Bird Flu - Archives
Questions in Turkey
fatality rate among Turkish sufferers of avian influenza is triggering
questions about the virulence of the virus. The possibility that the H5N1
virus might "trade" some of its virulence for increased levels of
transmission has sparked hope that an eventual human-to-human
avian-influenza pandemic may be no more dangerous than the annual seasonal
scientists have raised the possibility that this may be beginning to happen
already, citing the Turkish avian-flu statistics as an example. Others are
not so sure. In Southeast Asia, where bird flu first emerged, the death toll
from the disease hovers around 50 percent. In Turkey, however, there have
been only four deaths from a suspected 21 -- 12 confirmed -- cases of avian
influenza, or a death rate of between 20 percent and 35 percent.
Cihan news agency
reports, without further elaboration, that “the
World Health Organization on Monday expressed puzzlement at the young age of
bird flu victims in Turkey during the recent outbreak of the virus in the
Turkey’s bird flu
outbreak is no longer much in the news, and it appears that that’s good
news. But concerns remain. As
Director-General, Lee Jong-Wook, notes,
in Turkey was unique.
He says the
appearance of human cases of avian influenza in that country was unexpected.
This is different from Asia where outbreaks of the H5N1 virus were detected
in poultry well before the virus occurred in humans.
The WHO Chief says
there was almost no prior warning of infection in poultry in the eastern
part of Turkey.
experience demonstrates the dangers posed by avian influenza in birds and
the vital importance of surveillance and effective early warning systems,"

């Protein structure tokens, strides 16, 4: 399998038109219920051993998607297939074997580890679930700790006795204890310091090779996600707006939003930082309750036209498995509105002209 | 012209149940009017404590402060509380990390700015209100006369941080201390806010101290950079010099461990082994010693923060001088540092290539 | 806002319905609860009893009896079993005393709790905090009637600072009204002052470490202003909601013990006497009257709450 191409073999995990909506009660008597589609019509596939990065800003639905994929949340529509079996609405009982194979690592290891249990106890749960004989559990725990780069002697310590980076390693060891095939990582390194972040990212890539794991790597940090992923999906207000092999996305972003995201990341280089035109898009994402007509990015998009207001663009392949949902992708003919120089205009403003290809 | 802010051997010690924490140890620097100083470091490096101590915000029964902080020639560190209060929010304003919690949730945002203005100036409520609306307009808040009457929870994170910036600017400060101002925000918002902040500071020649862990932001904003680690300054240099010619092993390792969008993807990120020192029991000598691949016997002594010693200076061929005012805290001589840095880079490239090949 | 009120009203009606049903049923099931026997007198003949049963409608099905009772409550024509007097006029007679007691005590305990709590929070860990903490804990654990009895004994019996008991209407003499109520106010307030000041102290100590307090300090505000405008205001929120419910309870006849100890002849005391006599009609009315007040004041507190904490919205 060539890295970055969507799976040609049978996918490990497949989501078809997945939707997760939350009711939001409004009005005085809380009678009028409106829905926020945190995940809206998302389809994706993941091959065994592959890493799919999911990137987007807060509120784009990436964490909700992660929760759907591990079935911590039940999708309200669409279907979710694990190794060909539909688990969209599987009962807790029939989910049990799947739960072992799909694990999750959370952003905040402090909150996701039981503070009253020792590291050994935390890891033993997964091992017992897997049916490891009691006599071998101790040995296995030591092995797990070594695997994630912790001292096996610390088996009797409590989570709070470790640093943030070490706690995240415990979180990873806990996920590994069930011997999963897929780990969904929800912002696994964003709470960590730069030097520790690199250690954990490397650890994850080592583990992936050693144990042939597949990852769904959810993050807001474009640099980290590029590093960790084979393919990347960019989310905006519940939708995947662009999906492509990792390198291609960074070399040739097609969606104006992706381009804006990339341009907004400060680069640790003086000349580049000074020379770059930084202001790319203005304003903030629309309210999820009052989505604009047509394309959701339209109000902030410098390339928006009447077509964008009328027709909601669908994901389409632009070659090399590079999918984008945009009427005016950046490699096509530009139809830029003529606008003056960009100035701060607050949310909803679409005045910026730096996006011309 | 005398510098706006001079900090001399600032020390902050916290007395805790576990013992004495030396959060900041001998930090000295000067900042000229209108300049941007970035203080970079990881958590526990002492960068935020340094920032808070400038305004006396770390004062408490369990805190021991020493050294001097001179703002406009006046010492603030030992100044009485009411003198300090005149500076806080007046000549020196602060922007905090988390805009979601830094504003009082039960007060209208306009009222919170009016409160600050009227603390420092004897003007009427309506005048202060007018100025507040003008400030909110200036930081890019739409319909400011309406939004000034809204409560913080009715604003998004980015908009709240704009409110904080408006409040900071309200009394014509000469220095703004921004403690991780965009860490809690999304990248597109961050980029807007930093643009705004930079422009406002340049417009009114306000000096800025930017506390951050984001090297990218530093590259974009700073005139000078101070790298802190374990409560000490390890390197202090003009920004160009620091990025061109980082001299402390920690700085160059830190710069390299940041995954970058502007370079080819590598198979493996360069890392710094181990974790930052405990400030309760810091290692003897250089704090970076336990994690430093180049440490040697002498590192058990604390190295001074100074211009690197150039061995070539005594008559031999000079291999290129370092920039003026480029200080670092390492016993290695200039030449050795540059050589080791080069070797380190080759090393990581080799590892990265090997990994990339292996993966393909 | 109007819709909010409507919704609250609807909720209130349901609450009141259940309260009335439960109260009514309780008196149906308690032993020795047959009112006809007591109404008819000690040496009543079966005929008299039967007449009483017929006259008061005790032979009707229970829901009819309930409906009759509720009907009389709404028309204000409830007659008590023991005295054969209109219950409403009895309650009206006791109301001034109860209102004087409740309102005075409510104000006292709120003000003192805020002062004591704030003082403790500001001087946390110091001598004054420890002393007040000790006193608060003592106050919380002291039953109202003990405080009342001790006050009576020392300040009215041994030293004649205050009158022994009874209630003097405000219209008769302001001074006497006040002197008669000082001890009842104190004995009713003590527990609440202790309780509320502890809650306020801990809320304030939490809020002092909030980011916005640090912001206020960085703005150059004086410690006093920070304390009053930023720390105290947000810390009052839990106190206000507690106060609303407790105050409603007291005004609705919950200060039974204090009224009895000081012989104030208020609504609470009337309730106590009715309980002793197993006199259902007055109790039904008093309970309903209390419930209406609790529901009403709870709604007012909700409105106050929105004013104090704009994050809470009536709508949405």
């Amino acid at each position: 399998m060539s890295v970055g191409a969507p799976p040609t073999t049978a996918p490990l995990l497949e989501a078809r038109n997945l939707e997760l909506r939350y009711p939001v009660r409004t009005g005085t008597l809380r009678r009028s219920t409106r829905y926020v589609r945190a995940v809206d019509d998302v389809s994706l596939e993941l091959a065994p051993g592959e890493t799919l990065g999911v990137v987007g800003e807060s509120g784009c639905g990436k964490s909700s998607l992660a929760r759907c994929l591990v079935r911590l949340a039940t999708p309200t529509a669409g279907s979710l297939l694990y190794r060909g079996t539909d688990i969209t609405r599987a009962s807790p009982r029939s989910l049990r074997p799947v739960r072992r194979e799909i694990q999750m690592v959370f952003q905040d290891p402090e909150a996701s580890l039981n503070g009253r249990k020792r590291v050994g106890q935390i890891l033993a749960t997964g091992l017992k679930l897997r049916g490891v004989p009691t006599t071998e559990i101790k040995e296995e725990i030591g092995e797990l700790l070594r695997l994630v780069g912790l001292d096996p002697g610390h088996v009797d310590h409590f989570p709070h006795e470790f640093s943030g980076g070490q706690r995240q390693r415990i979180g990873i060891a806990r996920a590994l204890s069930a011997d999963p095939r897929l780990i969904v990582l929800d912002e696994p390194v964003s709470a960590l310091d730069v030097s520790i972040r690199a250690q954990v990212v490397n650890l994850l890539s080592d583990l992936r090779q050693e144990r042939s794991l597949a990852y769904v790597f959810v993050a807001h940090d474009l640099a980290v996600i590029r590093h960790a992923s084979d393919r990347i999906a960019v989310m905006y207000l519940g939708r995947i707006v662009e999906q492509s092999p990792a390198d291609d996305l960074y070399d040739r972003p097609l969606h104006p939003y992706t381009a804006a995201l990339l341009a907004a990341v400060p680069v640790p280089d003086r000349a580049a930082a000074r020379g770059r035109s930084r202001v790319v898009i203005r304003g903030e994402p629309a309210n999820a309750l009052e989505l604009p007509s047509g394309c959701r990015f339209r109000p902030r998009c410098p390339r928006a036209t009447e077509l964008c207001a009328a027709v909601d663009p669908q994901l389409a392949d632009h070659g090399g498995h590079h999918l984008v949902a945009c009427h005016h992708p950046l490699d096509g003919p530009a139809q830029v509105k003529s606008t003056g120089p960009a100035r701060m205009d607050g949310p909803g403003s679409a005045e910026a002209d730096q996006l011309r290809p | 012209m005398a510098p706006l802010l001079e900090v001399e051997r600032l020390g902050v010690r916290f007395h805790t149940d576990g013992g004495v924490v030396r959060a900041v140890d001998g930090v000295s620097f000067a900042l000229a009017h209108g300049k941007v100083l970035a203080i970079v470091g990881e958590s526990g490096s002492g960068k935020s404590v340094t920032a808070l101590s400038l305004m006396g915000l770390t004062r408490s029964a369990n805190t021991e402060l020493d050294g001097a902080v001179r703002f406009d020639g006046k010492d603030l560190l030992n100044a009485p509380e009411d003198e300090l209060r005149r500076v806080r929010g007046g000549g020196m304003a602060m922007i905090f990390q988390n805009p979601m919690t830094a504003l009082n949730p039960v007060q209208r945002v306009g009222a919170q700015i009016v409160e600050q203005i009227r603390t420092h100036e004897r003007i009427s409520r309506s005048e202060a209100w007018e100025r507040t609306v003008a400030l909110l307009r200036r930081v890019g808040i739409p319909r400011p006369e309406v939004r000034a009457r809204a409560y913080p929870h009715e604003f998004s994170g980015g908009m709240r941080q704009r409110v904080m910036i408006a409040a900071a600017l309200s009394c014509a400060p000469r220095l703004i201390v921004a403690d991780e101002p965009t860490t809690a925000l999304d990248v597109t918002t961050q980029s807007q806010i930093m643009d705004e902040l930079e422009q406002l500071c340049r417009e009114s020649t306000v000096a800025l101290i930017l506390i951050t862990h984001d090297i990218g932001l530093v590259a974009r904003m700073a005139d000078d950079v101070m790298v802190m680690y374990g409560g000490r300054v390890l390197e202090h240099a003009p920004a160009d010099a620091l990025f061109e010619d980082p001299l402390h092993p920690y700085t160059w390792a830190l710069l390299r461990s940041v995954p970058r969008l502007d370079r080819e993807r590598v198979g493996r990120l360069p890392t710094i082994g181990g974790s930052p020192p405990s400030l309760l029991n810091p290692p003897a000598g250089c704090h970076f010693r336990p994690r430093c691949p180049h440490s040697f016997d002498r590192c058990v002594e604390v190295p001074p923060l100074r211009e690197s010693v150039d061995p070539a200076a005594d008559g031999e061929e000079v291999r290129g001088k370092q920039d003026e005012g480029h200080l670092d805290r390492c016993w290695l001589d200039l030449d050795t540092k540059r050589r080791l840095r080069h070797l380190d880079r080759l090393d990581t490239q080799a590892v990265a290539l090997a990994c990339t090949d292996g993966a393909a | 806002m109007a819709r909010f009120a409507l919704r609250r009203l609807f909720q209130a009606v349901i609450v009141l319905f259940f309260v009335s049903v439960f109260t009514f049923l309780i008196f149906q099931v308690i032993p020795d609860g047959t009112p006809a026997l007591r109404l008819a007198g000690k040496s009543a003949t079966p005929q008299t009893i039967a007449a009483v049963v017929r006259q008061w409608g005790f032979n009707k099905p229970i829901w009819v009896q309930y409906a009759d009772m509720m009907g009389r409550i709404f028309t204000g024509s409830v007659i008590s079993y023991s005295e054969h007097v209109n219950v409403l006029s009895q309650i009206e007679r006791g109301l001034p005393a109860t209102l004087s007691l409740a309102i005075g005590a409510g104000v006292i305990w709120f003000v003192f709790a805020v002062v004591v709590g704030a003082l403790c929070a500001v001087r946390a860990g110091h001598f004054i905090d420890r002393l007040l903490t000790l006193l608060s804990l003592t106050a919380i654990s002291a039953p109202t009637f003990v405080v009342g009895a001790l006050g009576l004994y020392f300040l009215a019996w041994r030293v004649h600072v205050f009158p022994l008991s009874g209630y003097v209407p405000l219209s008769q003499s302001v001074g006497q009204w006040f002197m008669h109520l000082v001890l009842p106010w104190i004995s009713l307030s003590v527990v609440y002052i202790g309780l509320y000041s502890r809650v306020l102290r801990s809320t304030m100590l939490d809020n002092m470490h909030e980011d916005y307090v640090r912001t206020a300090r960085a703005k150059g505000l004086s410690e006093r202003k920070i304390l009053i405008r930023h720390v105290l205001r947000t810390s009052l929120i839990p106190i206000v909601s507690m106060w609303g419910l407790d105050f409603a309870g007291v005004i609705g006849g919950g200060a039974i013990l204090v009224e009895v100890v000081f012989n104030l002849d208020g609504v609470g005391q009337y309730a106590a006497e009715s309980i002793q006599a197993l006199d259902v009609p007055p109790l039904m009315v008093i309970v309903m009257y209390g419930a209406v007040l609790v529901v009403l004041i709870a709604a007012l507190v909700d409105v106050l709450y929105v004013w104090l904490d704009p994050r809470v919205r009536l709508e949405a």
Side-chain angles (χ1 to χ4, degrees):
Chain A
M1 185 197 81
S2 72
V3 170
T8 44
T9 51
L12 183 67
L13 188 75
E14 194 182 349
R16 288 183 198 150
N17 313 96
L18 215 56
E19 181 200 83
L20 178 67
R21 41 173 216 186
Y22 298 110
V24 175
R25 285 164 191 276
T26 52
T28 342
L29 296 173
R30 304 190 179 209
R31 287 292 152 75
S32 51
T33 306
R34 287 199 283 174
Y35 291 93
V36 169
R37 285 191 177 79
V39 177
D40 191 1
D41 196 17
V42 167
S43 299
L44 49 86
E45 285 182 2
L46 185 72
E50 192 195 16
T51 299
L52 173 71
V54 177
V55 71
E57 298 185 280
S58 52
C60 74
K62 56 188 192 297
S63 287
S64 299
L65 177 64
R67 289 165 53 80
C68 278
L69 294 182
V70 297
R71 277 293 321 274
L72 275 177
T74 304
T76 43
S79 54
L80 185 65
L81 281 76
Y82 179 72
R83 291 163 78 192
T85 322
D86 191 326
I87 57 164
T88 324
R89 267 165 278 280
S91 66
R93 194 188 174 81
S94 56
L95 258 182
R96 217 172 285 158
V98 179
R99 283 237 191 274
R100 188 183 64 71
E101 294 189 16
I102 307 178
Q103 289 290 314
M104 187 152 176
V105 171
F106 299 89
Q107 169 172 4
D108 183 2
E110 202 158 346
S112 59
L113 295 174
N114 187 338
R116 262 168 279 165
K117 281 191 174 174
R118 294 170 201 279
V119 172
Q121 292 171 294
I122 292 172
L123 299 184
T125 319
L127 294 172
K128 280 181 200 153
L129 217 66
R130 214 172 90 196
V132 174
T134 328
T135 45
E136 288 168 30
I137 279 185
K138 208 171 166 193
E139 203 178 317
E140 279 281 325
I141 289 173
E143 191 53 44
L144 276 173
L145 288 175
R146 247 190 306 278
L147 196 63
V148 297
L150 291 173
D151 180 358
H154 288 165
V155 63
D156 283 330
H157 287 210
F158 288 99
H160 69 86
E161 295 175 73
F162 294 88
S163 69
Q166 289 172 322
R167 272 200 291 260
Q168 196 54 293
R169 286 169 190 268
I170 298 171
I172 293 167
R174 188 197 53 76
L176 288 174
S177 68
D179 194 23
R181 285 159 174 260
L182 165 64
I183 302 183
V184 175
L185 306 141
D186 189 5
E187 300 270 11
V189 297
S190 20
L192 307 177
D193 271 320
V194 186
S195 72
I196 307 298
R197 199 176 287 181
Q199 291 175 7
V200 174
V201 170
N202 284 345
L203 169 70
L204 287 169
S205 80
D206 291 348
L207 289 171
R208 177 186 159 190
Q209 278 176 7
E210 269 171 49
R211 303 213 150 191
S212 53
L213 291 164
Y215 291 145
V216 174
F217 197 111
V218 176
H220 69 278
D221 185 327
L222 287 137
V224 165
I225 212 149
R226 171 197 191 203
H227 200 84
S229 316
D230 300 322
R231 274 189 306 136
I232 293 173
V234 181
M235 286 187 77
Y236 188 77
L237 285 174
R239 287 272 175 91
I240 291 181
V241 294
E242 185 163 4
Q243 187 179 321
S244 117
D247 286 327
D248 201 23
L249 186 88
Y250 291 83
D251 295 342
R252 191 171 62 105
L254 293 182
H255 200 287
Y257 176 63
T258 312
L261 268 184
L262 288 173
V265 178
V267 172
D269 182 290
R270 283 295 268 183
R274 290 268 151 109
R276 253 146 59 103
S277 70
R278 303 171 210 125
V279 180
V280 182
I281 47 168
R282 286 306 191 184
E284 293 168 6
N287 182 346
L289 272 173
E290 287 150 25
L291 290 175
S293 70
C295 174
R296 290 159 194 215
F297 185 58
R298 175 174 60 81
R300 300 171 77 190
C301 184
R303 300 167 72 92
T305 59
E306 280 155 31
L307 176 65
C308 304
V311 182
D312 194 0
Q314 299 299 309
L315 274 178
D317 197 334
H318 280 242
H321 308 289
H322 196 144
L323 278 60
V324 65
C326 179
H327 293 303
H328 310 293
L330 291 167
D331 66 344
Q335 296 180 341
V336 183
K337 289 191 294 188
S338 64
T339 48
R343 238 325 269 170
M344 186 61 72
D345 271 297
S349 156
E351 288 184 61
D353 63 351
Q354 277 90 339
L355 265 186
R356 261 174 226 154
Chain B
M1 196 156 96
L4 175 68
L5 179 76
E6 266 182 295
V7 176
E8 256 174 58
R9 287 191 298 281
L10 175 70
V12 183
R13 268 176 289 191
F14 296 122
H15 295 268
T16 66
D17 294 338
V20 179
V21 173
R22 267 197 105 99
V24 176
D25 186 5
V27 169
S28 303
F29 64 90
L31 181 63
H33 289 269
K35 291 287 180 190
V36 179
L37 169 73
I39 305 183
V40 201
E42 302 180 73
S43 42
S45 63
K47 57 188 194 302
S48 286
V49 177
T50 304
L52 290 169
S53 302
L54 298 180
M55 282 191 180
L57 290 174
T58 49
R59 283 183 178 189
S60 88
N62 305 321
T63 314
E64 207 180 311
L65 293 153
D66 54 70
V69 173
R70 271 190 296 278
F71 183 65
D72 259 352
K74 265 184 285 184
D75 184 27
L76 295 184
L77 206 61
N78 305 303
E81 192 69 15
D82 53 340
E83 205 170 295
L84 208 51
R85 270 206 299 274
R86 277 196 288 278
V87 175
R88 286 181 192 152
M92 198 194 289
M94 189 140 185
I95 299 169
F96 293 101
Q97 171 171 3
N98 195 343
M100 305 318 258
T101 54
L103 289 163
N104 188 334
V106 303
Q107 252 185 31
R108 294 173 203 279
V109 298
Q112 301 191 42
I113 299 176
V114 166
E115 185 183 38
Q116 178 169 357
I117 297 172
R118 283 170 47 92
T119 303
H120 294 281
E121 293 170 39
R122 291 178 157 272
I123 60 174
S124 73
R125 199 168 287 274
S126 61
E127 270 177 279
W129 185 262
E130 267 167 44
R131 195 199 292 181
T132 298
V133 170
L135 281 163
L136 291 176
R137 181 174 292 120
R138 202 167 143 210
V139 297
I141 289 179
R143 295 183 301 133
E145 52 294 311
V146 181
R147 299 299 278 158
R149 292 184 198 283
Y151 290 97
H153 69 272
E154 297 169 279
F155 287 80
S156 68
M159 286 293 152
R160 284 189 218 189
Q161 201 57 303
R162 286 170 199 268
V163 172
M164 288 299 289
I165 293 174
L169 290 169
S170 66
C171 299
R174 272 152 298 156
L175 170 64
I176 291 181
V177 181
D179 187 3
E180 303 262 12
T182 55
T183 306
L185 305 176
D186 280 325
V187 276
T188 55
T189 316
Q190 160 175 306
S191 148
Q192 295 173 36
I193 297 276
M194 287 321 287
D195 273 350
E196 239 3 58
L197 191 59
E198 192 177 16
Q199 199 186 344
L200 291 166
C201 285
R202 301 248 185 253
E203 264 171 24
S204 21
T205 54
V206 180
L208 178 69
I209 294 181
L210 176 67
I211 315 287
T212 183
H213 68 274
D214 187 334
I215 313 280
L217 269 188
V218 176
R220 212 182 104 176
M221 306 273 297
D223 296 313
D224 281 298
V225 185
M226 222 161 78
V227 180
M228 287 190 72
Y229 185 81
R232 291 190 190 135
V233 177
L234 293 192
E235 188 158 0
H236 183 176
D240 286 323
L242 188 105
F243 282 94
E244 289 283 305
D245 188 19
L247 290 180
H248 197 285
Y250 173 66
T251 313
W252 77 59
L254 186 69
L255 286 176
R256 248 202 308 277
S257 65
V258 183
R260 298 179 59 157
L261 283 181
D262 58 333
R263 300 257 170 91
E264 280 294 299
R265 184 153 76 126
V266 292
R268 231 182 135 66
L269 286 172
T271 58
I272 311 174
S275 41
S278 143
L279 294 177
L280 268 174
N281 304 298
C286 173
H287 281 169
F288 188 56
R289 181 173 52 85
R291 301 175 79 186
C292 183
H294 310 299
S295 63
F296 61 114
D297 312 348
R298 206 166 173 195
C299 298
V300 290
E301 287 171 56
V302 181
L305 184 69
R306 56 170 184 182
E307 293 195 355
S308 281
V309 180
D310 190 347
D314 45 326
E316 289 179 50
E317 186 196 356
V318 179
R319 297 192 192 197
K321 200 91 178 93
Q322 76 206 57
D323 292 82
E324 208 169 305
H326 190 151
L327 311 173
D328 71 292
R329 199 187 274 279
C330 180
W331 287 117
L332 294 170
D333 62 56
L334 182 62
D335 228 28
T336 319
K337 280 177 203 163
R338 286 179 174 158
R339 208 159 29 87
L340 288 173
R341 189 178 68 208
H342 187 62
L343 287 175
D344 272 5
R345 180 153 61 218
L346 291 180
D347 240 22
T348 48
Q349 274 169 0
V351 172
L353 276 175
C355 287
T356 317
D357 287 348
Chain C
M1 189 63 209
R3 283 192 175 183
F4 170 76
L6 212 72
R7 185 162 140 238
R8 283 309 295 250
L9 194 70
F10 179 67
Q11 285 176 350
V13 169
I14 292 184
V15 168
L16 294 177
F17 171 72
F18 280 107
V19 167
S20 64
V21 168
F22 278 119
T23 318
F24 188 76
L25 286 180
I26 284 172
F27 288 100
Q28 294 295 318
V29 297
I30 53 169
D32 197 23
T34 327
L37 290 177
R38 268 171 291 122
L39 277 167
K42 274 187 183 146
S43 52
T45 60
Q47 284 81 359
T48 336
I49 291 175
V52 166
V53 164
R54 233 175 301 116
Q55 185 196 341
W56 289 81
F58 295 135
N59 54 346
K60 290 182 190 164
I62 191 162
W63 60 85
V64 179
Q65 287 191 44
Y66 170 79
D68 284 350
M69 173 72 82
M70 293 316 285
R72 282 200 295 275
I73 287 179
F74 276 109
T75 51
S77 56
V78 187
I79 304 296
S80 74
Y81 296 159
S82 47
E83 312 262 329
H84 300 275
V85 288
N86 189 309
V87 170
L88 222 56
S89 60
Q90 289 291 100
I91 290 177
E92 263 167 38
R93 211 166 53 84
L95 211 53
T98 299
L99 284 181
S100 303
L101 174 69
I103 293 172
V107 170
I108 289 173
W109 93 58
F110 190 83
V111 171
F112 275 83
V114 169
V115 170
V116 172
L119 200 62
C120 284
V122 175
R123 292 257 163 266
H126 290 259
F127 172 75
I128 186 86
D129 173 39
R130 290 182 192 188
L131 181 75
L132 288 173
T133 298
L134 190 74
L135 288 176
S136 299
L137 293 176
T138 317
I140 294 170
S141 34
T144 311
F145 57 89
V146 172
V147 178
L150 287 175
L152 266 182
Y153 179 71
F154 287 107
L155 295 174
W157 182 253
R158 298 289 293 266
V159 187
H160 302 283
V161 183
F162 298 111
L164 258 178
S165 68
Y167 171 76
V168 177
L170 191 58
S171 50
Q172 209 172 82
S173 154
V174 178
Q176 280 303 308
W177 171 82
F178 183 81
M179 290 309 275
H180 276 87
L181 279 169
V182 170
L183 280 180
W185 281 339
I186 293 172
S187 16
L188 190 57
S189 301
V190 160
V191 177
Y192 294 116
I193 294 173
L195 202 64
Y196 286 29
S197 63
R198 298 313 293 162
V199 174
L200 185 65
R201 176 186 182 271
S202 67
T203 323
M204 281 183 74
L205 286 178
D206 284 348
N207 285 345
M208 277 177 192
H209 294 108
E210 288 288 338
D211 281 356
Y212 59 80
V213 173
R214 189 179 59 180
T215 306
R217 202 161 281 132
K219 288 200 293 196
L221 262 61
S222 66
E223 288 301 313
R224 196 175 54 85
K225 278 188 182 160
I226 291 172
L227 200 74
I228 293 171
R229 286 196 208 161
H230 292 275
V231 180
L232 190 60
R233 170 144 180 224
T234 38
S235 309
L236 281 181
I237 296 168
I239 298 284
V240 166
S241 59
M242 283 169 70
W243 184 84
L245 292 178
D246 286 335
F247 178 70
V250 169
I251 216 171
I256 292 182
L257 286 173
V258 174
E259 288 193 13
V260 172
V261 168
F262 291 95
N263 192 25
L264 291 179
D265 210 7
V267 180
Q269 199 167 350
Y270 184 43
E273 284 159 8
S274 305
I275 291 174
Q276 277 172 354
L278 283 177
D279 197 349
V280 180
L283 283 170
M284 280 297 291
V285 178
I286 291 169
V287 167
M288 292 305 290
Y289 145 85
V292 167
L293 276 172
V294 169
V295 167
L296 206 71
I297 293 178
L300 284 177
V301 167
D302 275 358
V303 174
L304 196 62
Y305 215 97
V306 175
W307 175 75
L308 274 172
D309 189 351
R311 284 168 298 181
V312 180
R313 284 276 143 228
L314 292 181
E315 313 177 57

said Dr. Lee. "It also reiterates the threat of a pandemic of influenza in
humans. A pandemic could arise with little or no warning from the animal
January 24th, 2006
down 90% in Turkey in the wake of the bird flu outbreak, according to
Reuters, and poultry farmers are suffering:
"We can hardly sell
any eggs. People are scared to buy eggs and poultry," Ahmet Sisman, the
owner of the Buyuk Sismanlar egg production company, said on Wednesday at
his farm housing some 300,000 egg-laying chickens in the Cubuk area, 40 km
northeast of the capital Ankara.
customers cannot pay us back, but we have to feed our chickens. We can feed
our poultry for the next week or 10 days, but if the situation remains
unchanged and nobody buys our eggs, then we won't be able to feed our
chickens any more. It is not like just shutting down a manufacturing
factory," he complained.
…"After news of the
first human deaths from bird flu in the east of the country, our sales came
to a virtual halt. Now we sell only 10 percent of what we used to trade
before," Yusuf Zafar Kaya, Vice-President of the Turkish Association of Egg
Producers (TAEP), said. "The consumers are afraid to buy our product because
of a lack of awareness. This is despite the fact that eggs and poultry from
organised farms do not pose any health threat and all safety measures in the
production facilities are strictly followed," he said.
More Cases Expected, But Situation Improving
The World Health
Organisation (WHO) said on Monday it expected more human cases of bird flu
following the death of four people in Turkey, but said the risks to humans
were steadily diminishing.
…"We do expect to see
some (more) cases because it takes time before the virus in birds has
completely disappeared," Dr. Guenael Rodier, who heads the WHO mission to
Turkey and is an expert in communicable diseases, told Reuters in an
interview. "We know that the risk remains with close interaction between
people and birds but we believe it is going down daily."
excellent report in the Financial Times suggests that Turkish
winning the bird flu battle. One interesting statistic:
The greatest source
of comfort for [Health Ministry official] Dr [Mehmet
amid the turmoil and dislocation of the outbreak is that the death rate
among people in Turkey from infection by H5N1 is much lower than in
southeast Asia – 16.6 per cent against 58 per cent (his calculations). “The
outbreak is coming down from the peak point, but we cannot be certain about
what will happen next. For the moment, this is not an epidemic,” he says.
fascinating first-hand account of the Turkish situation, read the
blog from AP reporter Benjamin Harvey.
development, The Guardian reports that an analysis of the Turkish